Wednesday, April 15, 2009

Heamarthrosis of the knee- Causes

The primary diagnostic tool for patients with a knee injury is a clinical examination by a physician well trained in knee evaluation (4). With knowledge of the common causes of Heamarthrosis and understanding of the knee examination, a trained examiner can make an accurate diagnosis 80% to 90% of the time and prescribe the appropriate treatment (1).
Rapid swelling (swelling within minutes-hours) of the knee following a blow or twisting injury is considered a significant injury. The history of trauma coupled with a thorough examination should provide an accurate diagnosis in most patients (1). Aspiration of the fluid may help to establish diagnosis, reduce pain, and prevent capsular damage by the sustained turgid pressure from within the capsule. However, it should not be performed routinely. Splinting and re-evaluation are recommended as the initial treatment of an acute Heamarthrosis (1). However, according to Iobst CA et al treatment algorithm especially for ACL injury must take into account the patient's physiologic maturity, not chronological age (4).
Investigations in Heamarthrosis:
1. X-ray
2. MRI- MR imaging has significant limitations in this younger group. (4)
3. Arthroscopic Evaluation
Early in 1980s, acute Heamarthrosis, was rather a contraindication to arthroscopy, are in fact one of the best indications for use of this procedure (3). Arthroscopy helps to complete the diagnosis or as a means of early surgical intervention.

Causes of Haemarthrosis:
Heamarthrosis is associated with peripheral meniscal tears, anterior cruciate ligament ruptures, tibial tubercle avulsion injuries, and patellar/femoral osteochondral fractures and cannot be ignored (4).
Cazenave A et al Reviewed 161 traumatic Heamarthrosis of the knee cases. These cases ware evaluated clinically, radiologically and arthroscopically.

Anatomical lesions were never benign: they consisted of
1. Ligaments ruptures (65%),
2. Patella dislocations (20.5%),
3. Chondral lesions (41%),
4. Meniscal lesions (31%).

This study confirmed: (1) that a traumatic Heamarthrosis indicates a serious knee injury, and (2) the important contribution of arthroscopy for diagnosis and treatment of these traumatic knees.

Back in 1980 DeHaven KE studied 113 athletes, who had sustained significant acute trauma to the knee with immediate disability and the early onset of Heamarthrosis.

The cases studied had no demonstrable clinical laxity, were examined under anesthesia and had arthroscopy within 3 weeks of injury (the majority within 10 days).

Anatomical lesions were:
1. ACL plus Meniscus lesions were present in 81 (72%)
2. Major meniscus tears without ACL or PCL lesions were found in 17 cases (15%),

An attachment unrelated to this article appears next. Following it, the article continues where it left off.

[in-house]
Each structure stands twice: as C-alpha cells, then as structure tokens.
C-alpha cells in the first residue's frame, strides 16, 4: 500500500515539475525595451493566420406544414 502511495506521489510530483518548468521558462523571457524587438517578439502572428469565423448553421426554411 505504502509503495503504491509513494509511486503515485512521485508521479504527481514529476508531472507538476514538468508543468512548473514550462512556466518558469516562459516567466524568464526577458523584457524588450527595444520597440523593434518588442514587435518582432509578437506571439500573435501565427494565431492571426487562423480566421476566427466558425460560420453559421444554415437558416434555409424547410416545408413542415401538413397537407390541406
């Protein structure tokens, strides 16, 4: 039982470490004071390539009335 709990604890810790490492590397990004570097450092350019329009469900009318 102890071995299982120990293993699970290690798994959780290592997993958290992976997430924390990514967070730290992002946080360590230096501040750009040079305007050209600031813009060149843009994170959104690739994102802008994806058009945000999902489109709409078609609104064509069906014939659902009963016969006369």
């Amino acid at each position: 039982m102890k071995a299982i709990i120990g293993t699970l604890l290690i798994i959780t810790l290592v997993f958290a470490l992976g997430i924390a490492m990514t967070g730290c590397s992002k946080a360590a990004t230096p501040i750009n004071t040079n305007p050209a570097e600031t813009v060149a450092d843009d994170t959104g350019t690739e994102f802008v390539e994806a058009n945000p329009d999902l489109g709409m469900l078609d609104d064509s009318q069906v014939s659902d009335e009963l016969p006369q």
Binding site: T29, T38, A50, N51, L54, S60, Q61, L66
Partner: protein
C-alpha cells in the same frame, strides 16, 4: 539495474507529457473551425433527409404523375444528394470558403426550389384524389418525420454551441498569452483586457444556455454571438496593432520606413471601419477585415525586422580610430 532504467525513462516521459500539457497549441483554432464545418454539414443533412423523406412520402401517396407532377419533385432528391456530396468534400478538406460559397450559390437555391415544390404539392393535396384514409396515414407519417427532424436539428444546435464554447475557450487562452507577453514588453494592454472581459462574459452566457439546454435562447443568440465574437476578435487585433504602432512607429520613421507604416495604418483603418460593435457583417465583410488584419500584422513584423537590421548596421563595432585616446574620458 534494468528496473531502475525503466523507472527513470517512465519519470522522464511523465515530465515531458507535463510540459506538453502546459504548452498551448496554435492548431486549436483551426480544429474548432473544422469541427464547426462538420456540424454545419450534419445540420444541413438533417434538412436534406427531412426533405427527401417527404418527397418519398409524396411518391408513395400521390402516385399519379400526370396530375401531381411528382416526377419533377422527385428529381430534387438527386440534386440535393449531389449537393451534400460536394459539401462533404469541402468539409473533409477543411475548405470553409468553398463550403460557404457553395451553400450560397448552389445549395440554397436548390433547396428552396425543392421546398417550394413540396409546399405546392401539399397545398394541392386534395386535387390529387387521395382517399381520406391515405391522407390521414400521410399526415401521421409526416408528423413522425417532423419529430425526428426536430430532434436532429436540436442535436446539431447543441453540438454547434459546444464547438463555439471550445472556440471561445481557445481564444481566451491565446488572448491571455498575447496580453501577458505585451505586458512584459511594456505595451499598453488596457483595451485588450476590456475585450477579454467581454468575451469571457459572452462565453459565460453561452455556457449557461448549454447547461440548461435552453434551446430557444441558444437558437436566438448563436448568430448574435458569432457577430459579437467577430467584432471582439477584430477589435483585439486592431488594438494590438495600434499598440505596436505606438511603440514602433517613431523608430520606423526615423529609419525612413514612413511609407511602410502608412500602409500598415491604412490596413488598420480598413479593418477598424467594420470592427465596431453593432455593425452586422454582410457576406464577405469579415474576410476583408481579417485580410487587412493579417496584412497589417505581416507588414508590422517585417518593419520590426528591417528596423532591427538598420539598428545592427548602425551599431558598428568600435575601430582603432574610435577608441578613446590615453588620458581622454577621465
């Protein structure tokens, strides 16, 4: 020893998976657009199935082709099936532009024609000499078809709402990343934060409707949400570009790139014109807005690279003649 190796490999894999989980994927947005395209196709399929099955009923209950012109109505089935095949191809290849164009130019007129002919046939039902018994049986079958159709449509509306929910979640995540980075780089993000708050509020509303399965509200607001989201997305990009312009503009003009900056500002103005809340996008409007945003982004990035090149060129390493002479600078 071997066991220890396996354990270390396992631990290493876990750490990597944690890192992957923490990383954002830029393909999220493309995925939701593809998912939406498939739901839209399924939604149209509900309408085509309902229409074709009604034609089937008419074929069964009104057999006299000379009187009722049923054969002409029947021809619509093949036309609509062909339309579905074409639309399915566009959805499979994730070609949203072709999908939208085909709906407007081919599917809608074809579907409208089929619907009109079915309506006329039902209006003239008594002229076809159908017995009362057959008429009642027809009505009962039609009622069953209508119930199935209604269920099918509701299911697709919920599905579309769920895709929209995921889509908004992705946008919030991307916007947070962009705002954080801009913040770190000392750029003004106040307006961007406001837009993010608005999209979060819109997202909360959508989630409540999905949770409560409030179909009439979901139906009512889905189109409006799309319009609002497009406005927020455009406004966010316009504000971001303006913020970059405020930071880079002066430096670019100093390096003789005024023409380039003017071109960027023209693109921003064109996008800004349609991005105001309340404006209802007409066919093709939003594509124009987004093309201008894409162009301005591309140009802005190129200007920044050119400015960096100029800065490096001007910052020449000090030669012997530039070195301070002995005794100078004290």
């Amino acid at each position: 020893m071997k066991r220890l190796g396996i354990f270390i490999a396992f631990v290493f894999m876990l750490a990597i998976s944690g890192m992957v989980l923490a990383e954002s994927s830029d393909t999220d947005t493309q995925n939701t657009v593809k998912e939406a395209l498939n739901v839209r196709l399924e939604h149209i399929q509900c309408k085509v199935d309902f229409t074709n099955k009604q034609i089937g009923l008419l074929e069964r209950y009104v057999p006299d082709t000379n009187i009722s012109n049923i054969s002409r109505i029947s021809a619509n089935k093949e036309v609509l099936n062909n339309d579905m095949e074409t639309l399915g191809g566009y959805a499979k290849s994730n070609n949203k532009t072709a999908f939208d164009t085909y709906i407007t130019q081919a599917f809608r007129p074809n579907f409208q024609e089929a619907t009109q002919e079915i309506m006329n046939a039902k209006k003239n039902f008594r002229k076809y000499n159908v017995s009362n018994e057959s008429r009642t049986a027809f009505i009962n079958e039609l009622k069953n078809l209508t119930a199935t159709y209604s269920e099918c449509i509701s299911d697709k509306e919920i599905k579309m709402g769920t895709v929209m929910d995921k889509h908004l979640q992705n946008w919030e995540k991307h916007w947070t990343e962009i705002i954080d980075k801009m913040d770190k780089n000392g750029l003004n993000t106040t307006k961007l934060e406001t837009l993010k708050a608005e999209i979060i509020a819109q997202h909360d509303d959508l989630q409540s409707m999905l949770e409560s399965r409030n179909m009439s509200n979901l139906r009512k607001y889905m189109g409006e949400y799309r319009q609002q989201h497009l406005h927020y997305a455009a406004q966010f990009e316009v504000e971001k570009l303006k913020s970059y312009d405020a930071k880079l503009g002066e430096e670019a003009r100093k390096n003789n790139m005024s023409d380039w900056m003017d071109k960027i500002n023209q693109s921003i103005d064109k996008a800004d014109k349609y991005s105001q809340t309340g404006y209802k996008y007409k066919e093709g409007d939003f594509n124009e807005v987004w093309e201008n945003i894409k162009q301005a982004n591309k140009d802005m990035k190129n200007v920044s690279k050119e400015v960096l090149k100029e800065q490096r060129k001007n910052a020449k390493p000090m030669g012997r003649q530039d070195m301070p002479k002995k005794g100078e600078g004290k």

3. Osteochondral fractures in 7 cases (6%),
4. PCL tears in 3 cases (3%),
5. No internal derangement in 5 cases (4%).

Analysis of both the above said studies taken together:

The analysis tells us a fact that meniscal lesions with or without associated lesions to other anatomical structures are fairly common & some where between (32-33) % of all acute traumatic heamarthrosis.

Heamarthrosis & Patellar dislocation.
Patella dislocation although do not find a place in the 2nd review; review 1 shows a considerable population may be affected by the patellar dislocation presenting with heamarthrosis. Sillanpää P et al (5) investigated incidence, nature, and risk factors of primary traumatic patellar dislocations. The sample consisted in this study was of 128,714 Finnish male conscripts (median age 20). Heamarthrosis was present in all patients, and when MRI or open surgery was performed, medial retinacular disruption and medial patellofemoral ligament (MPFL) injury were identified. This study concluded that Heamarthrosis and MPFL rupture are the definite signs of an acute traumatic primary patellar dislocation. Height and weight were significant risk factors, whereas poor physical performance was not associated with primary patellar dislocation.

1. Baker CL; J Med Assoc Ga. 1992 Jun;81(6):301-5.
2. Cazenave A; J Chir (Paris). 1990 Nov;127(11):522-7.
3. DeHaven KE; Am J Sports Med. 1980 Jan-Feb;8(1):9-14.
4. Iobst CA et al; Clin Sports Med. 2000 Oct;19(4):621-35, vi.
5. Sillanpää P et al; Med Sci Sports Exerc. 2008 Apr;40(4):606-11.

NB: sorry friends i have missed to provide graphs i have plotted for this article. i dont know how to publish a graph. help wanted in this regard.

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